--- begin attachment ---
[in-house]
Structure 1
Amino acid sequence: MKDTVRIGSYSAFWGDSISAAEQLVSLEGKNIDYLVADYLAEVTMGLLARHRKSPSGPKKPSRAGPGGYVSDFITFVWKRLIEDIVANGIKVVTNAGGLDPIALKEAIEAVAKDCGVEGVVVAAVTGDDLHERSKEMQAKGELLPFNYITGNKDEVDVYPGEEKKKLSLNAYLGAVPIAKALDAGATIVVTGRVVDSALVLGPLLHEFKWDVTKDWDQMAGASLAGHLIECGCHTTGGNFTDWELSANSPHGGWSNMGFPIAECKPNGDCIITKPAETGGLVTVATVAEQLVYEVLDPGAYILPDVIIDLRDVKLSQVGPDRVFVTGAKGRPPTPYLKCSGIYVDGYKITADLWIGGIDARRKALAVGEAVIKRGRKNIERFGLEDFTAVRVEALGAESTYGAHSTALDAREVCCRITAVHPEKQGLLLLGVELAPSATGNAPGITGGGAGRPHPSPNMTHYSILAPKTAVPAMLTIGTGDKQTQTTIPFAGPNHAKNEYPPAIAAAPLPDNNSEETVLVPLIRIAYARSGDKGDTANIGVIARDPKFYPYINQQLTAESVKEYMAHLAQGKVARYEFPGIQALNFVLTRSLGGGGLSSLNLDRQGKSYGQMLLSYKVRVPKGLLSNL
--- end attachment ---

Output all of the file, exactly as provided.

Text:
[in-house]
Structure 1
Amino acid sequence: MKDTVRIGSYSAFWGDSISAAEQLVSLEGKNIDYLVADYLAEVTMGLLARHRKSPSGPKKPSRAGPGGYVSDFITFVWKRLIEDIVANGIKVVTNAGGLDPIALKEAIEAVAKDCGVEGVVVAAVTGDDLHERSKEMQAKGELLPFNYITGNKDEVDVYPGEEKKKLSLNAYLGAVPIAKALDAGATIVVTGRVVDSALVLGPLLHEFKWDVTKDWDQMAGASLAGHLIECGCHTTGGNFTDWELSANSPHGGWSNMGFPIAECKPNGDCIITKPAETGGLVTVATVAEQLVYEVLDPGAYILPDVIIDLRDVKLSQVGPDRVFVTGAKGRPPTPYLKCSGIYVDGYKITADLWIGGIDARRKALAVGEAVIKRGRKNIERFGLEDFTAVRVEALGAESTYGAHSTALDAREVCCRITAVHPEKQGLLLLGVELAPSATGNAPGITGGGAGRPHPSPNMTHYSILAPKTAVPAMLTIGTGDKQTQTTIPFAGPNHAKNEYPPAIAAAPLPDNNSEETVLVPLIRIAYARSGDKGDTANIGVIARDPKFYPYINQQLTAESVKEYMAHLAQGKVARYEFPGIQALNFVLTRSLGGGGLSSLNLDRQGKSYGQMLLSYKVRVPKGLLSNL